Talent Perspectives

Building Successful Partnerships:

What To Look For

Ross Statham, Editor, Talent Perspectives

April 8, 2019


††† Building partnerships (with other companies) is a great way to build your business and to penetrate new markets. The partner may be a large, multi-national company, a small company or fall somewhere in between.Why do companies of all sizes seek to partner? These are the main reasons I have observed:

         You may want to enter into a new market segment or even penetrate a specific client or clients

         You may wish to grow geographically, and this may be the easiest way to do it

         You may have been approached because you have specific expertise, or you approach someone because of their expertise

         It may be in your best long-term interest to learn how to better do things that can taught to you by your new partner

Isnít it all about the best deal I can negotiate? The short answer is ďno.ĒWhen I first started my own company I reached an agreement with a business partner to provide them with one of our top cybersecurity consultants on a multi-year project for a federal agency, and at a fair rate. We had spent a week finding the right candidate, working out rates and ensuring we had put a financially viable deal together.What happened next?About five weeks after our resource started work, the business partner hired our consultant away from us. When I called them on it, they responded, ďRead your agreement.Ē I should have paid more attention to what they were all about.  Now I know better.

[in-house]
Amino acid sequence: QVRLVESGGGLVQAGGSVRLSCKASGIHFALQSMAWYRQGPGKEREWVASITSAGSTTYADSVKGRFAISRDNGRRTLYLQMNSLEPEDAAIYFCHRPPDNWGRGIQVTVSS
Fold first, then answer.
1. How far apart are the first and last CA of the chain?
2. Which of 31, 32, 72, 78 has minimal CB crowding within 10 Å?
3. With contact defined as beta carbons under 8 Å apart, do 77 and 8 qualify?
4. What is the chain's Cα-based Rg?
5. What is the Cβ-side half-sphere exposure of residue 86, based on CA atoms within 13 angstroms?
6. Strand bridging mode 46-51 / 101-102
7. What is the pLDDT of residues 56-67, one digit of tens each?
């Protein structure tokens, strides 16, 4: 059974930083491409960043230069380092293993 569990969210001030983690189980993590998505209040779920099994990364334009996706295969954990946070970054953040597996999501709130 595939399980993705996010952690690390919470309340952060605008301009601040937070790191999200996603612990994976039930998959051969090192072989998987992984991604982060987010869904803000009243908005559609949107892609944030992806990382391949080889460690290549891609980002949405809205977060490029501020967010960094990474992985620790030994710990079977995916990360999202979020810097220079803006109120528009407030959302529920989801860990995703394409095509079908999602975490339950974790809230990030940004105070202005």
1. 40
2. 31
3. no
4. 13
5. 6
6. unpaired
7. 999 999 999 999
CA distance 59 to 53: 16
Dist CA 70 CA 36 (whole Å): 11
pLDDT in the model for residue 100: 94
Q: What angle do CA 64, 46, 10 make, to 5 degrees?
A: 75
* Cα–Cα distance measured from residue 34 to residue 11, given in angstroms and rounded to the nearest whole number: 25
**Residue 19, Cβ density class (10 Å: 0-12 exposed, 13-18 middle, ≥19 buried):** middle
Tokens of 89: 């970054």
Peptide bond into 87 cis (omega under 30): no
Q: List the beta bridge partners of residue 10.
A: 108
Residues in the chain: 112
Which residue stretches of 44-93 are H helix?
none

Today my antenna is much more finely tuned than it used to be- and I am not afraid to walk away from proposed partnerships that don't fit our organization's way of doing business: open, transparent and honest.This is why I say to my team, ďitís not just about the compensation. Itís about the culture.Ē

Here are the indicators that my team and I look for in a partner:

         How candid are direct are they with you while in discussions?Are they realistic?Are they prone to hyperbole?In short, do you trust they and their statements?

         Do they pass your ďsniffĒ test? Does anything smell a bit off? (Iíve learned to trust my instincts; I believe my own subconscious is communicating things to me based on past experience and Iíve learned to pay attention; when I donít, I get burned.)

         Location and local culture can make a big difference in a team mate; Iíve found that companies in some parts of the country are easier and more straight-forward to work with than others. Local cultures effect how your partners think, act and perform on agreements.

         Learn about the background of the company and its leadership team. See where they came from and what theyíve done in the past.

         Look for common ground.Two of us on our team are veterans-- and we find that we almost always work more easily with other veteran-led teams.So find your own common ground and use it to your advantage.

Partnerships truly are the norm today, and Iíd encourage you to seek to develop your own database of trusted partners. I think youíll find itís a great way to build on each otherís strengths. I hope you found this brief article to be of help as you seek to grow your own business. As always, your comments to this article are appreciated, as are forwards to friends and colleagues you think may benefit.

If you found this article to be helpful, please let me know- and share it with others. All the best!......Ross Statham, Editor

Talent Perspectives: Insights for Busy Professions is a series of brief articles that help build winning teams, provide insight on talent and provide organizational development ideas.  The opinions expressed herein are those of the authors and are (C) Dogwood Services Inc.


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